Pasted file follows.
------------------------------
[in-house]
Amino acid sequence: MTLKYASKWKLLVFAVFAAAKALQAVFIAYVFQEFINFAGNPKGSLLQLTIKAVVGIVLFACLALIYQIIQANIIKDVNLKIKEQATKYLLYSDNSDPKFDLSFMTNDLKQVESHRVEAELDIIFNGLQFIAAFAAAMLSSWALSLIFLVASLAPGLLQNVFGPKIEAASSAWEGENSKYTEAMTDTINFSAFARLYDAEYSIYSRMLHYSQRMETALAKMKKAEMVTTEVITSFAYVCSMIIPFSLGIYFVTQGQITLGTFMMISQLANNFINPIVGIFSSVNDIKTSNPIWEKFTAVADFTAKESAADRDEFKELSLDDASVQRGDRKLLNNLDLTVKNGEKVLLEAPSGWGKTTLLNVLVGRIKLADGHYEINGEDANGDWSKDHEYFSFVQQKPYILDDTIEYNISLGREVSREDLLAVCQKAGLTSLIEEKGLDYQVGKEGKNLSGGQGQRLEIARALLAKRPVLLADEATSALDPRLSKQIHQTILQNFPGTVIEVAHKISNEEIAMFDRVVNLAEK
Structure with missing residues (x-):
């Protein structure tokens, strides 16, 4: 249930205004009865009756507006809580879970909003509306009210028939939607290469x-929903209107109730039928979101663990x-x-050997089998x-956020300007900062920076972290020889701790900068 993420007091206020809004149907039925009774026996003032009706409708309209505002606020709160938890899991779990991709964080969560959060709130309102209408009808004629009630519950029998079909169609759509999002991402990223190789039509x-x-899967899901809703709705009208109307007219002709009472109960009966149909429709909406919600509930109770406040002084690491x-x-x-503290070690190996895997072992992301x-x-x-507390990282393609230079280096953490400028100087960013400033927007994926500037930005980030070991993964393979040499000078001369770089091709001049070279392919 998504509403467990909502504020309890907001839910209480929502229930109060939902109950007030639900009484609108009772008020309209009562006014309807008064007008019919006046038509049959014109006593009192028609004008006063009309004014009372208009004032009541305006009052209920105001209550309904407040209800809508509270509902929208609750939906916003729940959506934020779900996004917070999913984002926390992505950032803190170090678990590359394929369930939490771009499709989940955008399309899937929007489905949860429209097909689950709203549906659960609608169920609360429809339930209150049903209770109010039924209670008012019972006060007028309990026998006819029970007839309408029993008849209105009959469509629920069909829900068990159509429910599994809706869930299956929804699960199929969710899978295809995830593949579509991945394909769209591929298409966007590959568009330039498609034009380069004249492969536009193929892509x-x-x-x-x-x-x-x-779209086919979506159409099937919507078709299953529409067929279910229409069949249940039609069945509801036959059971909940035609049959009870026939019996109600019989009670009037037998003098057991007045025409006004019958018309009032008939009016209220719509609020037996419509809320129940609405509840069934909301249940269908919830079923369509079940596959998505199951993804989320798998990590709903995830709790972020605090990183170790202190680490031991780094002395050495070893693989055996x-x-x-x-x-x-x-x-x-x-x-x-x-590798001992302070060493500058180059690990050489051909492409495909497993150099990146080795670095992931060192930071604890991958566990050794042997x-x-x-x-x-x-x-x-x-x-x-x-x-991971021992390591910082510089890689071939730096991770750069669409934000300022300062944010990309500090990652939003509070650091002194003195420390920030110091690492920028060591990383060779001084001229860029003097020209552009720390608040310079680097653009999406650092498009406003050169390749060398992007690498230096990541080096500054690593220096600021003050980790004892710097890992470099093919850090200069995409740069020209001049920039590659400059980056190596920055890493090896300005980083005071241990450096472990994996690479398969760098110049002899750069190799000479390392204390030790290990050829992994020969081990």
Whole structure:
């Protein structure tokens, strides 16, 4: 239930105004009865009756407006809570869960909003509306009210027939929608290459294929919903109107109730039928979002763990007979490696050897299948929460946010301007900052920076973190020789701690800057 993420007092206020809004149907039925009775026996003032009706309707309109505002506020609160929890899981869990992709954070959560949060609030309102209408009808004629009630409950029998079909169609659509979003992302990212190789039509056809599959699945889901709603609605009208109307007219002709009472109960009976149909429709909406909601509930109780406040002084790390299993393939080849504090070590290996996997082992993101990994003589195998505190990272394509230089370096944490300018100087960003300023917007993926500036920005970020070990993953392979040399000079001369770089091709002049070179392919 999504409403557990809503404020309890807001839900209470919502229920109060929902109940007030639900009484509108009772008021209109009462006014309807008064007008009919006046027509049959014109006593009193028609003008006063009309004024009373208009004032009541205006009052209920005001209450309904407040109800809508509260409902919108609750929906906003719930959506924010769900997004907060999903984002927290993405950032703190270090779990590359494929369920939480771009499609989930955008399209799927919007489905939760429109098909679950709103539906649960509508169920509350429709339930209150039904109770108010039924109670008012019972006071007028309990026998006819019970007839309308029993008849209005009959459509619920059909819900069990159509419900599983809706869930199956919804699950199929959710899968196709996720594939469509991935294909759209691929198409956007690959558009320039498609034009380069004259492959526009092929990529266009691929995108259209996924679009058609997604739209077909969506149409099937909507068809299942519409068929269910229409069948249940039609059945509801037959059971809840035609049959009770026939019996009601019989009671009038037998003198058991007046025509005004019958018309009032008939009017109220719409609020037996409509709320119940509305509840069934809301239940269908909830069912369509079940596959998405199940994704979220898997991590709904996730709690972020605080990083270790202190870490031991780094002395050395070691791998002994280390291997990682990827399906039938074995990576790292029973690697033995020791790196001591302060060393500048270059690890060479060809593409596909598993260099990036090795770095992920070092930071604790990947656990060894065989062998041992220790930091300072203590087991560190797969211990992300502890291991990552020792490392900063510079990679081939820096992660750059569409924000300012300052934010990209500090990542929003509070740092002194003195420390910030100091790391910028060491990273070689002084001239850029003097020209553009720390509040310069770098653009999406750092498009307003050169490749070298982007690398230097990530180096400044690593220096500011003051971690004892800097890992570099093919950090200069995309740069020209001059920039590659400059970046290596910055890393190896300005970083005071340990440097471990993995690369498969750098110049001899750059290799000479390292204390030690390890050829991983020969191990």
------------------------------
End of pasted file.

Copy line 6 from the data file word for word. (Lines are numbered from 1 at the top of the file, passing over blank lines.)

């Protein structure tokens, strides 16, 4: 239930105004009865009756407006809570869960909003509306009210027939929608290459294929919903109107109730039928979002763990007979490696050897299948929460946010301007900052920076973190020789701690800057 993420007092206020809004149907039925009775026996003032009706309707309109505002506020609160929890899981869990992709954070959560949060609030309102209408009808004629009630409950029998079909169609659509979003992302990212190789039509056809599959699945889901709603609605009208109307007219002709009472109960009976149909429709909406909601509930109780406040002084790390299993393939080849504090070590290996996997082992993101990994003589195998505190990272394509230089370096944490300018100087960003300023917007993926500036920005970020070990993953392979040399000079001369770089091709002049070179392919 999504409403557990809503404020309890807001839900209470919502229920109060929902109940007030639900009484509108009772008021209109009462006014309807008064007008009919006046027509049959014109006593009193028609003008006063009309004024009373208009004032009541205006009052209920005001209450309904407040109800809508509260409902919108609750929906906003719930959506924010769900997004907060999903984002927290993405950032703190270090779990590359494929369920939480771009499609989930955008399209799927919007489905939760429109098909679950709103539906649960509508169920509350429709339930209150039904109770108010039924109670008012019972006071007028309990026998006819019970007839309308029993008849209005009959459509619920059909819900069990159509419900599983809706869930199956919804699950199929959710899968196709996720594939469509991935294909759209691929198409956007690959558009320039498609034009380069004259492959526009092929990529266009691929995108259209996924679009058609997604739209077909969506149409099937909507068809299942519409068929269910229409069948249940039609059945509801037959059971809840035609049959009770026939019996009601019989009671009038037998003198058991007046025509005004019958018309009032008939009017109220719409609020037996409509709320119940509305509840069934809301239940269908909830069912369509079940596959998405199940994704979220898997991590709904996730709690972020605080990083270790202190870490031991780094002395050395070691791998002994280390291997990682990827399906039938074995990576790292029973690697033995020791790196001591302060060393500048270059690890060479060809593409596909598993260099990036090795770095992920070092930071604790990947656990060894065989062998041992220790930091300072203590087991560190797969211990992300502890291991990552020792490392900063510079990679081939820096992660750059569409924000300012300052934010990209500090990542929003509070740092002194003195420390910030100091790391910028060491990273070689002084001239850029003097020209553009720390509040310069770098653009999406750092498009307003050169490749070298982007690398230097990530180096400044690593220096500011003051971690004892800097890992570099093919950090200069995309740069020209001059920039590659400059970046290596910055890393190896300005970083005071340990440097471990993995690369498969750098110049001899750059290799000479390292204390030690390890050829991983020969191990």